Sometimes as the owner of a repo you have to be harsh and reject pull requests as they don’t fit with the vision of your project. I have tried contributing to other packages in the past and have had pull requests declined, but each time the owner has given a reason for it rather than just rejected it outright. This helps me, and other potential contributors, understand what the owner is thinking and why. I have often learned something from the rejection, helping improve my coding skills in the future.
That said, if someone does provide a really helpful pull request then you can make their day, simply by accepting it and merging their code in to your repo. It’s what open source software is all about.
One way of helping users know you have made an update is to create a new release or tag in your repo. This also helps when you make a breaking change, so users who don’t want to upgrade can keep using the previous version instead of just using whatever is on master branch. This is a whole topic in itself so I won’t go into much detail here, but is definitely worth spending some time reading up on.
Writing a blog post can help you try and put yourself in the shoes of a user of your repo and help you think about the key features they need to know about. After all, you know how it works as you wrote it, well, hopefully you remember how it works…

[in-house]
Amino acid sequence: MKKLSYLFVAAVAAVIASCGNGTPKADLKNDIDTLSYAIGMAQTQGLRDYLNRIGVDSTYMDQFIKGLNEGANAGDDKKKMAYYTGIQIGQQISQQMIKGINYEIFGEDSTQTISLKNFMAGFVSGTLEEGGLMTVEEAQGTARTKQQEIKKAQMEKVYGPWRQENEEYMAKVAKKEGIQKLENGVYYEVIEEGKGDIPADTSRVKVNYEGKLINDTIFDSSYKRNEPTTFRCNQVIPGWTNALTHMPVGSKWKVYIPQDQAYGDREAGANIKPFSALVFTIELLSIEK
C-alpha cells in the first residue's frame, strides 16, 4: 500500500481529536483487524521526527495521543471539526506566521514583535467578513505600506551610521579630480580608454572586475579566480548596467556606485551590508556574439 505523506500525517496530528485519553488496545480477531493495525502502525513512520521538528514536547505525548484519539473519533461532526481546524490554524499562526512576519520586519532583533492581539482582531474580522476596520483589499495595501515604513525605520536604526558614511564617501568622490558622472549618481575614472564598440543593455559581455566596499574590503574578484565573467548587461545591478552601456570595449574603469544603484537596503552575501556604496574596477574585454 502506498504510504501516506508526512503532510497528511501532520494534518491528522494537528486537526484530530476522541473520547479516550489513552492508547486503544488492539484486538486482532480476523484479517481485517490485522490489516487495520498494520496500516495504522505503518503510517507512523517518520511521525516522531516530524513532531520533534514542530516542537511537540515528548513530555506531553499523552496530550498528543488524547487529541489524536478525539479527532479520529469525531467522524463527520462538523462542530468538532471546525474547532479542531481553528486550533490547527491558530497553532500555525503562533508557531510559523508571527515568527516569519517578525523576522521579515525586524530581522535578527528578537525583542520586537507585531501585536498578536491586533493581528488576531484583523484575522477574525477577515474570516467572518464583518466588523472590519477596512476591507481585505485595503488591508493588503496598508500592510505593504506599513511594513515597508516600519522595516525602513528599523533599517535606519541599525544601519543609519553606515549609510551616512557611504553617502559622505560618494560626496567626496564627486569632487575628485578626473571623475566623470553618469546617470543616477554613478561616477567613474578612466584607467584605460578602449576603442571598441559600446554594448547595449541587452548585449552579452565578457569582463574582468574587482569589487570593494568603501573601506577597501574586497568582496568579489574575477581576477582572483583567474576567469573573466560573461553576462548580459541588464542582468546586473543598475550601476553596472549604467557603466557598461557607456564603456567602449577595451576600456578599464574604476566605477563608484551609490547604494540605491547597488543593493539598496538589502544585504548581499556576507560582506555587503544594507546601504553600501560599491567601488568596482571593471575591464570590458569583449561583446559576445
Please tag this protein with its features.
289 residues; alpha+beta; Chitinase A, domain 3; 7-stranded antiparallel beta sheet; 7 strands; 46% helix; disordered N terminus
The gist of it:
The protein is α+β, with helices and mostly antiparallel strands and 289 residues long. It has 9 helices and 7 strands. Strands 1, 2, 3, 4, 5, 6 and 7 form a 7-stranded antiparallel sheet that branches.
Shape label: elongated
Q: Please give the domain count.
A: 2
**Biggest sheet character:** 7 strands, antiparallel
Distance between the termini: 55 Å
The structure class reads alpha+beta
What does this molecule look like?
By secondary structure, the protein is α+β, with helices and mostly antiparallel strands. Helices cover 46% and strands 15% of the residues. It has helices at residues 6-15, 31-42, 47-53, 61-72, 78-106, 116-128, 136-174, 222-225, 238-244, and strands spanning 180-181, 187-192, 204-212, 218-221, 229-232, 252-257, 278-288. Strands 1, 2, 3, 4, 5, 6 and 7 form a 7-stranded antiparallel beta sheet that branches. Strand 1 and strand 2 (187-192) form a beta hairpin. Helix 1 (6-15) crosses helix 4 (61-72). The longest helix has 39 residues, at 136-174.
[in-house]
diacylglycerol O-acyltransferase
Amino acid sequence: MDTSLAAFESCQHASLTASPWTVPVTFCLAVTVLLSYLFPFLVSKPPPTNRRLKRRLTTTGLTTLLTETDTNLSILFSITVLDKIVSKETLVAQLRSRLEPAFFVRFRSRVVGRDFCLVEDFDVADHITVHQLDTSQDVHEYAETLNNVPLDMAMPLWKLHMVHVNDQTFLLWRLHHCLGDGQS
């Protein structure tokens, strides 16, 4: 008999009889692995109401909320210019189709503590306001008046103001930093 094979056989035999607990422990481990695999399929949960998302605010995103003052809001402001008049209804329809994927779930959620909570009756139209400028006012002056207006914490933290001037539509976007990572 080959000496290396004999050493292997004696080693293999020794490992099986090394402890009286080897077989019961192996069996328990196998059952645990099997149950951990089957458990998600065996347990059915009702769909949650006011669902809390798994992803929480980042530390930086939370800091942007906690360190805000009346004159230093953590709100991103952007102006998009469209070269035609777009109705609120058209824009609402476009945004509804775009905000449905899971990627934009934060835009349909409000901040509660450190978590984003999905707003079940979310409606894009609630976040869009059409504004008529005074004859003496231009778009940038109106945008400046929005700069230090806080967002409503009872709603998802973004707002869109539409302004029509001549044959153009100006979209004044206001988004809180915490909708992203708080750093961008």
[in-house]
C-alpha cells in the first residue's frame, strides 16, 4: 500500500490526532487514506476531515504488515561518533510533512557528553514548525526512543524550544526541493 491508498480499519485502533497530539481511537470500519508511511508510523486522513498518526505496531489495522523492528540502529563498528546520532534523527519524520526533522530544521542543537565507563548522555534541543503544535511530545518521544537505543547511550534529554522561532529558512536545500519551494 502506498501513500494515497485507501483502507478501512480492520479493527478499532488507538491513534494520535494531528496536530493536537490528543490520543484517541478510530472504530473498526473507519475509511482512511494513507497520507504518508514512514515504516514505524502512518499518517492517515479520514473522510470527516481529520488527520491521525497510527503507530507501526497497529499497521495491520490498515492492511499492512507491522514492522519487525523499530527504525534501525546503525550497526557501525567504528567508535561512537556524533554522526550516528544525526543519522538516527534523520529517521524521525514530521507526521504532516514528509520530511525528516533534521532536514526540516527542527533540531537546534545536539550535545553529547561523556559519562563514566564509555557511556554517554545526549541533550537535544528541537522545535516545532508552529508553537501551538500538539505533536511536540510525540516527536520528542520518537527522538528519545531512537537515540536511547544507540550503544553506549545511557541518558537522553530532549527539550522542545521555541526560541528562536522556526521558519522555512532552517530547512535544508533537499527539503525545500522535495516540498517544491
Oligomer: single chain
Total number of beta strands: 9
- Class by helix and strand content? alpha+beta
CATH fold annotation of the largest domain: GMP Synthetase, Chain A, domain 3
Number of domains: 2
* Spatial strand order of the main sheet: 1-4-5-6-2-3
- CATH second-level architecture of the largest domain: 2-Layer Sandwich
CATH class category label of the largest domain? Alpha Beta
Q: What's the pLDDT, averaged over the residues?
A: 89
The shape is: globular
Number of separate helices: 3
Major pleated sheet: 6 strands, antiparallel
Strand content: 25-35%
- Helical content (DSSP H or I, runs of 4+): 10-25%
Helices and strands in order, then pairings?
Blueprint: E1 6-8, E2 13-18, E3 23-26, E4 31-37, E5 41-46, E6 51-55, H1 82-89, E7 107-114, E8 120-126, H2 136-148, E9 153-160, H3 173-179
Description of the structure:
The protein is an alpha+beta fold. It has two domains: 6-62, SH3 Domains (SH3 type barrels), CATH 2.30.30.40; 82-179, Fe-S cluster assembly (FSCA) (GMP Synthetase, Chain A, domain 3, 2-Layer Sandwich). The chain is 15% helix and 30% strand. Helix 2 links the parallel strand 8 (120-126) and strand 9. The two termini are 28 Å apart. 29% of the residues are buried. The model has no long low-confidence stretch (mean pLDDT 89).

If you do regular updates to a project then regular blog posts can be short and sweet and talk about a specific release. This provides a bitesize article for your user to find out what they need to do differently to use this feature, instead of having to navigate through many pages of your documentation.
A specific blog post about a specific feature may also help generate traffic to your repo as it will help target specific keyword searches in search engines. For example, if you create a new feature on your project to create with a vertical menu, then people searching for creating a vertical menu might stumble upon your blog post and go to your repo page to find out more about it.
As well as posting the post on your blog, consider other places you can cross post it, such as Medium or Dev.to.
There are some sites that are well established and already have a large following of subscribers. If you think your package will help that particular audience, then why not contact the site owner and send them a link to your package. They might say thanks, but no thanks, or they might feature it on their site and write a blog post about it.
I have found a lot of really useful Laravel packages by subscribing to the Laravel News website that I would not have known about without that site.
It’s true, you can do all the hard work and your project sits there unused. If you really believe in what you have produced then don’t give up. Keep pushing small updates as and when you can to help show others what you are trying to achieve.
Most projects don’t have all the features the creator wanted when they are first released, but over time they get better and better with each incremental update, leading to more users and more contributors, building up a great reputation over time.